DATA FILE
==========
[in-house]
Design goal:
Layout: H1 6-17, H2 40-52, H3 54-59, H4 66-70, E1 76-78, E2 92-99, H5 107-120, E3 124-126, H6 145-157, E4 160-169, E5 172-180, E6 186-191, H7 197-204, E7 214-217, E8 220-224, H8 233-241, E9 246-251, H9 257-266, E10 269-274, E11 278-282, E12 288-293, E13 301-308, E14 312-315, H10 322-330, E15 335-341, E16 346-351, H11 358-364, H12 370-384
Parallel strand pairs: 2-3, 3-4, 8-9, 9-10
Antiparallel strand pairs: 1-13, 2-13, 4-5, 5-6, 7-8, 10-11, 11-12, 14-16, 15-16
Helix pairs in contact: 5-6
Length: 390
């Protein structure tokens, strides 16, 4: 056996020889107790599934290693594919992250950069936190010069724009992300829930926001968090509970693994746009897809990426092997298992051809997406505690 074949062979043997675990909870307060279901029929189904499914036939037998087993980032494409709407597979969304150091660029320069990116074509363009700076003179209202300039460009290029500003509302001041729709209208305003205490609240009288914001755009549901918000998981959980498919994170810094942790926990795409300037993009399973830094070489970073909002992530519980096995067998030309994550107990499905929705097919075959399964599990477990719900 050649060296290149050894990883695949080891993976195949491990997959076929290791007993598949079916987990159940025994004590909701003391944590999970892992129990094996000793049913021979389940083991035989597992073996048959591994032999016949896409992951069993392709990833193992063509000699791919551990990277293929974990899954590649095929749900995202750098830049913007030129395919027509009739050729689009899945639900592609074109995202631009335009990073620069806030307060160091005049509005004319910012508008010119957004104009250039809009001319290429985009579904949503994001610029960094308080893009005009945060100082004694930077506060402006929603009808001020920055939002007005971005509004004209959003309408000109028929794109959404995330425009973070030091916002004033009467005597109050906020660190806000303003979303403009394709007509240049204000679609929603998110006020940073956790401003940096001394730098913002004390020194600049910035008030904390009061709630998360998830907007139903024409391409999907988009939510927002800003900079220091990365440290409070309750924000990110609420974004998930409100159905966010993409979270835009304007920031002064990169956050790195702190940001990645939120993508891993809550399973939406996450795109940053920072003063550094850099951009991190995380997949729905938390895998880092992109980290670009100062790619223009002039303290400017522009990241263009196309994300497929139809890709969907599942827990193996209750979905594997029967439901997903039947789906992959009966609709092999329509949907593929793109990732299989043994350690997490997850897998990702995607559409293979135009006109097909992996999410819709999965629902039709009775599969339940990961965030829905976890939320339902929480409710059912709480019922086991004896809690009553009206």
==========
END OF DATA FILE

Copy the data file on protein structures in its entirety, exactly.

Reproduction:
[in-house]
Design goal:
Layout: H1 6-17, H2 40-52, H3 54-59, H4 66-70, E1 76-78, E2 92-99, H5 107-120, E3 124-126, H6 145-157, E4 160-169, E5 172-180, E6 186-191, H7 197-204, E7 214-217, E8 220-224, H8 233-241, E9 246-251, H9 257-266, E10 269-274, E11 278-282, E12 288-293, E13 301-308, E14 312-315, H10 322-330, E15 335-341, E16 346-351, H11 358-364, H12 370-384
Parallel strand pairs: 2-3, 3-4, 8-9, 9-10
Antiparallel strand pairs: 1-13, 2-13, 4-5, 5-6, 7-8, 10-11, 11-12, 14-16, 15-16
Helix pairs in contact: 5-6
Length: 390
């Protein structure tokens, strides 16, 4: 056996020889107790599934290693594919992250950069936190010069724009992300829930926001968090509970693994746009897809990426092997298992051809997406505690 074949062979043997675990909870307060279901029929189904499914036939037998087993980032494409709407597979969304150091660029320069990116074509363009700076003179209202300039460009290029500003509302001041729709209208305003205490609240009288914001755009549901918000998981959980498919994170810094942790926990795409300037993009399973830094070489970073909002992530519980096995067998030309994550107990499905929705097919075959399964599990477990719900 050649060296290149050894990883695949080891993976195949491990997959076929290791007993598949079916987990159940025994004590909701003391944590999970892992129990094996000793049913021979389940083991035989597992073996048959591994032999016949896409992951069993392709990833193992063509000699791919551990990277293929974990899954590649095929749900995202750098830049913007030129395919027509009739050729689009899945639900592609074109995202631009335009990073620069806030307060160091005049509005004319910012508008010119957004104009250039809009001319290429985009579904949503994001610029960094308080893009005009945060100082004694930077506060402006929603009808001020920055939002007005971005509004004209959003309408000109028929794109959404995330425009973070030091916002004033009467005597109050906020660190806000303003979303403009394709007509240049204000679609929603998110006020940073956790401003940096001394730098913002004390020194600049910035008030904390009061709630998360998830907007139903024409391409999907988009939510927002800003900079220091990365440290409070309750924000990110609420974004998930409100159905966010993409979270835009304007920031002064990169956050790195702190940001990645939120993508891993809550399973939406996450795109940053920072003063550094850099951009991190995380997949729905938390895998880092992109980290670009100062790619223009002039303290400017522009990241263009196309994300497929139809890709969907599942827990193996209750979905594997029967439901997903039947789906992959009966609709092999329509949907593929793109990732299989043994350690997490997850897998990702995607559409293979135009006109097909992996999410819709999965629902039709009775599969339940990961965030829905976890939320339902929480409710059912709480019922086991004896809690009553009206």